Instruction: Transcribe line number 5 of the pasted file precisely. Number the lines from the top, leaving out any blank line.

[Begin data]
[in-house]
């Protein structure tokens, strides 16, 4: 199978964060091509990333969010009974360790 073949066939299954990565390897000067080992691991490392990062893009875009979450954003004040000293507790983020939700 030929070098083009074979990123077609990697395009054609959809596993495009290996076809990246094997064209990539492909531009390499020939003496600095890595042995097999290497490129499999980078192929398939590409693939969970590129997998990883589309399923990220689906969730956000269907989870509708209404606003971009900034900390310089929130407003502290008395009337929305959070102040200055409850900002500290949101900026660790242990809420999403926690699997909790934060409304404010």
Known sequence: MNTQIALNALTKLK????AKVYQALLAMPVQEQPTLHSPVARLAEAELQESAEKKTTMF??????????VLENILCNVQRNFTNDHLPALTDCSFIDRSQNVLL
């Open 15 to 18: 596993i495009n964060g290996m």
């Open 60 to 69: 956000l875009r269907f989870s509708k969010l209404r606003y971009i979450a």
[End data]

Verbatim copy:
């Open 60 to 69: 956000l875009r269907f989870s509708k969010l209404r606003y971009i979450a």